The fix… either use a ‘class’ for the cases where you want to apply this style… alternately, apply a ‘class’ for the cases that you don’t want this style.
Future (not well supported currently)… use the ‘type’ in you CSS definition, like so..
input[type='text'] { background:#fff url(/images/input_white.png); }
NOTE: there’s a method in MSIE to use the ‘expression’ concept in your CSS, but i advocate ‘standards’ here, so we won’t delve any further into that topic other than to say it ‘exists’!

So here’s our final approach/recommendation for ‘current’ browsers (in our designs)… you’ll get the shadow ONLY on ‘text’ and ‘password’ input fields and not on the others…

<style type="text/css">
input { background:#fff url(/images/input_white.png); }
input#noshadow { background:transparent; }
</style>
<input type="text" name="x" value="" />
<input type="password" name="p" value="" />
<input type="radio" class="noshadow" name="r" value="" />
<input type="checkbox" class="noshadow" name="c" value="" />
<input type="submit" class="noshadow" name="s" value="" />

WARNING: the background image we use in the example above is only 200px wide, if your text field is larger than that you’ll need to account for it in some way! (otherwise you’ll get a tiled background or run out of ‘shadow’)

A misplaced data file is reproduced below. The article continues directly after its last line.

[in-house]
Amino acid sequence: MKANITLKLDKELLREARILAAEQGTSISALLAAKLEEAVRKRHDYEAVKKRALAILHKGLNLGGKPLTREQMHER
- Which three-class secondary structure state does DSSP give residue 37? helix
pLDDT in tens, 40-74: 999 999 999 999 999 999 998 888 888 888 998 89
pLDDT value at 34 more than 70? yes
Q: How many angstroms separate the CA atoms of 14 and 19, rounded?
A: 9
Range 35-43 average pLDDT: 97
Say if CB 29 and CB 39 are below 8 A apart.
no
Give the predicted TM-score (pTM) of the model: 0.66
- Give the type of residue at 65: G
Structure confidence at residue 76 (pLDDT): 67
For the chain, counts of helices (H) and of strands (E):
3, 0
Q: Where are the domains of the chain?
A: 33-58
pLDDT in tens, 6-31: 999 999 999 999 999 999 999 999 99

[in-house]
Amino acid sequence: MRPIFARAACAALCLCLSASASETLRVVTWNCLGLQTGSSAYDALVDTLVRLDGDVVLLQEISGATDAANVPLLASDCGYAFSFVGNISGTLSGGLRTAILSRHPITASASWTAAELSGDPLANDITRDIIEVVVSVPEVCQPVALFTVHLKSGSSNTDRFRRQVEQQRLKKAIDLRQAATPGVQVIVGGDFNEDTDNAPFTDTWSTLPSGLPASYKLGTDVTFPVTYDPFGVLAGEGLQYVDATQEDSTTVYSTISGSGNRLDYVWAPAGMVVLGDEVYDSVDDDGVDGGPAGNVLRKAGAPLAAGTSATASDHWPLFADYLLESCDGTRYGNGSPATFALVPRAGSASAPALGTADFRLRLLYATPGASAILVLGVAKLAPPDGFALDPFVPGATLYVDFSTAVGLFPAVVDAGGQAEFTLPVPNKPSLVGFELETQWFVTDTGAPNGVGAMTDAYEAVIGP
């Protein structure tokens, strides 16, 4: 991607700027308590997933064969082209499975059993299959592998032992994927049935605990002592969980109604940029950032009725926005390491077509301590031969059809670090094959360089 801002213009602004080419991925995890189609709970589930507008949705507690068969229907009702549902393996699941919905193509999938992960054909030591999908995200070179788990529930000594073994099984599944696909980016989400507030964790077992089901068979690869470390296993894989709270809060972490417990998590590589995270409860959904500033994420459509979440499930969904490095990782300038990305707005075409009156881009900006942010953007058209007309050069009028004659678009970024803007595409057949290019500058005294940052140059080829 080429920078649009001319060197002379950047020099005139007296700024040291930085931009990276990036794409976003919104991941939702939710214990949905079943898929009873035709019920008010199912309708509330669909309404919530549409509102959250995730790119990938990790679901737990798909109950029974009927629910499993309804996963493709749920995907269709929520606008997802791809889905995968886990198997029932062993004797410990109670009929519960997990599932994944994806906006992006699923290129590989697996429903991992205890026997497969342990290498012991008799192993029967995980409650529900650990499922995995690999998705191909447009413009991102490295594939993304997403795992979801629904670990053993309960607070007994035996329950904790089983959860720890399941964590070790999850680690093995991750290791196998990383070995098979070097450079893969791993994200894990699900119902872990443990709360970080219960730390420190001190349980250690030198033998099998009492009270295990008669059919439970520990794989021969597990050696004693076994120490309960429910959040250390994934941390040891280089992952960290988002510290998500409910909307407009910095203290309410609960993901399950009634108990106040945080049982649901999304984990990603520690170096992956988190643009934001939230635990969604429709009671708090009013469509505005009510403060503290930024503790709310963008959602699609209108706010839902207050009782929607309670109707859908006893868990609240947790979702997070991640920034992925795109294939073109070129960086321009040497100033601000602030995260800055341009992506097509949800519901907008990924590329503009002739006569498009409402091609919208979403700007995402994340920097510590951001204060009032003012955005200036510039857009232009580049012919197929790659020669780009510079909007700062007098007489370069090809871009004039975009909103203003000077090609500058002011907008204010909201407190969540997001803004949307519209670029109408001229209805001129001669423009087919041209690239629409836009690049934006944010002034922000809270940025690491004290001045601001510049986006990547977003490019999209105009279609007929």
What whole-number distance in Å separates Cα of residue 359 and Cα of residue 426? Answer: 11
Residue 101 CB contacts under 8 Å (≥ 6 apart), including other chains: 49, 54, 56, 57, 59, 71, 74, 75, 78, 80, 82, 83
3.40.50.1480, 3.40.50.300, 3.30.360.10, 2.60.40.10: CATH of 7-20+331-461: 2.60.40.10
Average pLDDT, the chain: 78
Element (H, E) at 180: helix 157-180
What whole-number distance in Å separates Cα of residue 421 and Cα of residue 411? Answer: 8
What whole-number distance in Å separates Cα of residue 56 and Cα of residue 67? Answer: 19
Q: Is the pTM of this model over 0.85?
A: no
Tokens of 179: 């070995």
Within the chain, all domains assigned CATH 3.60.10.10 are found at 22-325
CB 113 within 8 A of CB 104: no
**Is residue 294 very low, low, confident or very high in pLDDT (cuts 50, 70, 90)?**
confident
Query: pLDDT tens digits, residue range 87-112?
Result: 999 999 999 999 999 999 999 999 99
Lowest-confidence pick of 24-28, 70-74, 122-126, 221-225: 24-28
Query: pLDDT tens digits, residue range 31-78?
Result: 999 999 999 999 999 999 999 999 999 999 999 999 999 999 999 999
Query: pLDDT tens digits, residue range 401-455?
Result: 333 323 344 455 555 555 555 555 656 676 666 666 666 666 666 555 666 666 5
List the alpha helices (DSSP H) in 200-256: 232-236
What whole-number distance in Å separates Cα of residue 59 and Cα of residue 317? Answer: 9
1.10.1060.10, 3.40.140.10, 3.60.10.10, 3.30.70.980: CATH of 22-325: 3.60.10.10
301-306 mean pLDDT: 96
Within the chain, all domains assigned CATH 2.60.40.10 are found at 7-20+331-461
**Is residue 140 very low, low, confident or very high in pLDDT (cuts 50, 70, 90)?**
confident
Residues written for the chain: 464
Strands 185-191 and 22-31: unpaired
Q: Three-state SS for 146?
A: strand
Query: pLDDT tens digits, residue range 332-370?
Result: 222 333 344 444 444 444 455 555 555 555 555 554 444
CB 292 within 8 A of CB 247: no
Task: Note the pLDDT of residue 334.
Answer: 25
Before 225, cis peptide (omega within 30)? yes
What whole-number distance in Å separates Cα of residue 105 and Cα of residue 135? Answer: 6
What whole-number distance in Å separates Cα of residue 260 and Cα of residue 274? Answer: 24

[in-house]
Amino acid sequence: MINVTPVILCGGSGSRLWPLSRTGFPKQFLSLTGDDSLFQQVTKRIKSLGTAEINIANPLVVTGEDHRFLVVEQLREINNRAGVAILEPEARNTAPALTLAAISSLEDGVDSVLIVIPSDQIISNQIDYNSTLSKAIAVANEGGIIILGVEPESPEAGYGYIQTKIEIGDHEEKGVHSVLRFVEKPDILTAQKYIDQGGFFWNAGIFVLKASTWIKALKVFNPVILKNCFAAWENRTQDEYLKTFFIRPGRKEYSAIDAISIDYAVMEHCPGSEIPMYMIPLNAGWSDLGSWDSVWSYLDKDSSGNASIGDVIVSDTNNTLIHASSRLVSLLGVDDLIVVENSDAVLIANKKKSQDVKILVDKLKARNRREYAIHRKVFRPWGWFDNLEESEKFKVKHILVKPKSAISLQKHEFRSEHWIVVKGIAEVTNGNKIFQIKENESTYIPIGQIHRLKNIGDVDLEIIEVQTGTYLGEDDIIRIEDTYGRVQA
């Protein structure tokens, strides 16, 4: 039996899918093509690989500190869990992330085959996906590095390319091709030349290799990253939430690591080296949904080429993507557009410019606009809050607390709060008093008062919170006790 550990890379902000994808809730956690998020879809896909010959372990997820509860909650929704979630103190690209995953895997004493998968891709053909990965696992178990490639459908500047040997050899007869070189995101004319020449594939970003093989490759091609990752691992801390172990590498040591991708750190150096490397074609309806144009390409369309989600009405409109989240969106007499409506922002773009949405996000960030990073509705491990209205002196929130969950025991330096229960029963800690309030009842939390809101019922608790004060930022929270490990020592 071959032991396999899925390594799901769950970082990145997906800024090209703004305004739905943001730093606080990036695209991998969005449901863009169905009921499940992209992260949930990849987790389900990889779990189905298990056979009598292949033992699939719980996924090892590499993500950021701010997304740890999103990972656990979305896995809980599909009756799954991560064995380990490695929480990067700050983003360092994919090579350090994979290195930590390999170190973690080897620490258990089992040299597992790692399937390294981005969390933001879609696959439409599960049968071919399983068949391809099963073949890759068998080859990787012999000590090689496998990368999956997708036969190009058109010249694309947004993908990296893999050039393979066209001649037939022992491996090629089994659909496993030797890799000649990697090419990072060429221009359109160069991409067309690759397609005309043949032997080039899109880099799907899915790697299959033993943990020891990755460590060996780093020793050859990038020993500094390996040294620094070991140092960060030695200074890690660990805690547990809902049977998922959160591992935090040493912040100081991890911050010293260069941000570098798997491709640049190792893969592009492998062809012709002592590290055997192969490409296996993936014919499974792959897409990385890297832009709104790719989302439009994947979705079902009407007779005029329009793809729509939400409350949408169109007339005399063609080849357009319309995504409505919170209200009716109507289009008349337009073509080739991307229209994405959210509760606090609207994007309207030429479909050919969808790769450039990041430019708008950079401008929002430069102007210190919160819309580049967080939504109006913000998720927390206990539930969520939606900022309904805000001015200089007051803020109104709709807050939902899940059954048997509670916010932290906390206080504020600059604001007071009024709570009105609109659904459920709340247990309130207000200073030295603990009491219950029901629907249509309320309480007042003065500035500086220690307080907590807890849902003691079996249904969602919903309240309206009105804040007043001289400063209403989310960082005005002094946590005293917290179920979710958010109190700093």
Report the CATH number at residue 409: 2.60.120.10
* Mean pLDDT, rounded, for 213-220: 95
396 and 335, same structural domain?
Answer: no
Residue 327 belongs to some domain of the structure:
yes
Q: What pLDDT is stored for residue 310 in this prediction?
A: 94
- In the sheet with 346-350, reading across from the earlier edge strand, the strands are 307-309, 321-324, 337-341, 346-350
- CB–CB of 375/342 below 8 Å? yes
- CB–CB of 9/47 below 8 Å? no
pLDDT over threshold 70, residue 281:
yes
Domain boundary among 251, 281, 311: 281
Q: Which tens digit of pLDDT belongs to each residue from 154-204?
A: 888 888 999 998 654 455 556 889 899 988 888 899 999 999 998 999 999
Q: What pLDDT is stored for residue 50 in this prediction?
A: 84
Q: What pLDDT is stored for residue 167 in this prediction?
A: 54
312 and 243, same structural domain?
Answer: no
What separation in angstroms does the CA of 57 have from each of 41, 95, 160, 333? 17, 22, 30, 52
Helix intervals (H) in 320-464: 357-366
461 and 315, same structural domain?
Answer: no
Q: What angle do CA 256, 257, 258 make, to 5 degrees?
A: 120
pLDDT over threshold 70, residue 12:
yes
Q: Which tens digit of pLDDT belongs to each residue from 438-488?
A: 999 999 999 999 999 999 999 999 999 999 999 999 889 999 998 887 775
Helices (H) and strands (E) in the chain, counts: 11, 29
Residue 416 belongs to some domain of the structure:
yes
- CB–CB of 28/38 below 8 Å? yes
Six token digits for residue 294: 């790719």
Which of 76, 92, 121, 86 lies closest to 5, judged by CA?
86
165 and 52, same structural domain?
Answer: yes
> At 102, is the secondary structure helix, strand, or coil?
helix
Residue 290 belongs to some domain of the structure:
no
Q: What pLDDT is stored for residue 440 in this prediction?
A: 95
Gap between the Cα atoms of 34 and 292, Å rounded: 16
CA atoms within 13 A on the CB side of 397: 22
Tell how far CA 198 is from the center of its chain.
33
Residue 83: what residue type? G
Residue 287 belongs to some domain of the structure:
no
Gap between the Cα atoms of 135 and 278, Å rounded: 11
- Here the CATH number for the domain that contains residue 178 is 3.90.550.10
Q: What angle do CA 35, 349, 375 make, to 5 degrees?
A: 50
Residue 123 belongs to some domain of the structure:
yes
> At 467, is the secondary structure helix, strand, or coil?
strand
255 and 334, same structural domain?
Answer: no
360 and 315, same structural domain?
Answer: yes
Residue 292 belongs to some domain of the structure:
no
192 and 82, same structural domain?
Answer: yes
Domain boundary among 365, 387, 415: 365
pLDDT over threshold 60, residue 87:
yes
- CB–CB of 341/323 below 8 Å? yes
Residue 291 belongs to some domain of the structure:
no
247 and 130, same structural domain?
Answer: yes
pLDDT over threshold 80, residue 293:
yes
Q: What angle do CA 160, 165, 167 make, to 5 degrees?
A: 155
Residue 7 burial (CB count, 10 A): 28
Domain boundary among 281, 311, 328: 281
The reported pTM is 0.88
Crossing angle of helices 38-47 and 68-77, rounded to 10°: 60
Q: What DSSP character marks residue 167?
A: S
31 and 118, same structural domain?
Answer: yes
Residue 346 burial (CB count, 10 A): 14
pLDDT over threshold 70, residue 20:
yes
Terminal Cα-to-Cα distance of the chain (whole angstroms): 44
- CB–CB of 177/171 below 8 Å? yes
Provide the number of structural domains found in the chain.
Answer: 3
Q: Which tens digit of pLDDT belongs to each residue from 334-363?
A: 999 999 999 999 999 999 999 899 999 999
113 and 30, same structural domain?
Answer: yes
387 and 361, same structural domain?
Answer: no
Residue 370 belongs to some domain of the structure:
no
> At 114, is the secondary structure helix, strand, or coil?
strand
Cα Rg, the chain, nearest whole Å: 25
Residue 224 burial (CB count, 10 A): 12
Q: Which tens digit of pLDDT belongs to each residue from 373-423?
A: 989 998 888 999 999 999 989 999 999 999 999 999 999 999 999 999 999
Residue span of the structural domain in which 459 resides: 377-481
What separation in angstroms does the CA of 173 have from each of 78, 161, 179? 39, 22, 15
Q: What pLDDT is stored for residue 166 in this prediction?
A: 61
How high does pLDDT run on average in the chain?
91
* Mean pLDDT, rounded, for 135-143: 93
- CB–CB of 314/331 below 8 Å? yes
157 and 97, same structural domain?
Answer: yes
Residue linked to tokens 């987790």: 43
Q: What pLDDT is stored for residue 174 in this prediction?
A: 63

More advice…

  1. You can also apply this technique to <textarea> using a similar approach!
  2. This may also be a useful way to indicate ‘errors’, ‘required fields’ or ‘passwords’ in a Rich UI.

ReplayTV vs. Tivo

I’ve had a PVR / DVR for years now… and it’s a distand memory for me to channel surf while at home (it still happens a lot when i travel). Anyways, I’ve always been and advocate of the ReplayTV.

One of it’s most notable features is that they’ve ALWAYS been network ready, so it’s been able to use my existing household LAN network to connect to the Internet for updates and television schedules. It can be used with most cable networks, broadcast television, as well as satellite subscriptions…. it can even use combinations of them! With some simple configuration you can link multiple units in your household to share recording and viewing duties and even share your recordings with “others” on the Internet. Some opensource software will even allow for you to view the recorded shows on your computer in MPEG4 format.

References:

RSS Implementation Guide (Part 1 of ‘many’)

First off… the abbreviation RSS has two conflicting (but similar) meanings, both of which are XML file formats for web syndication: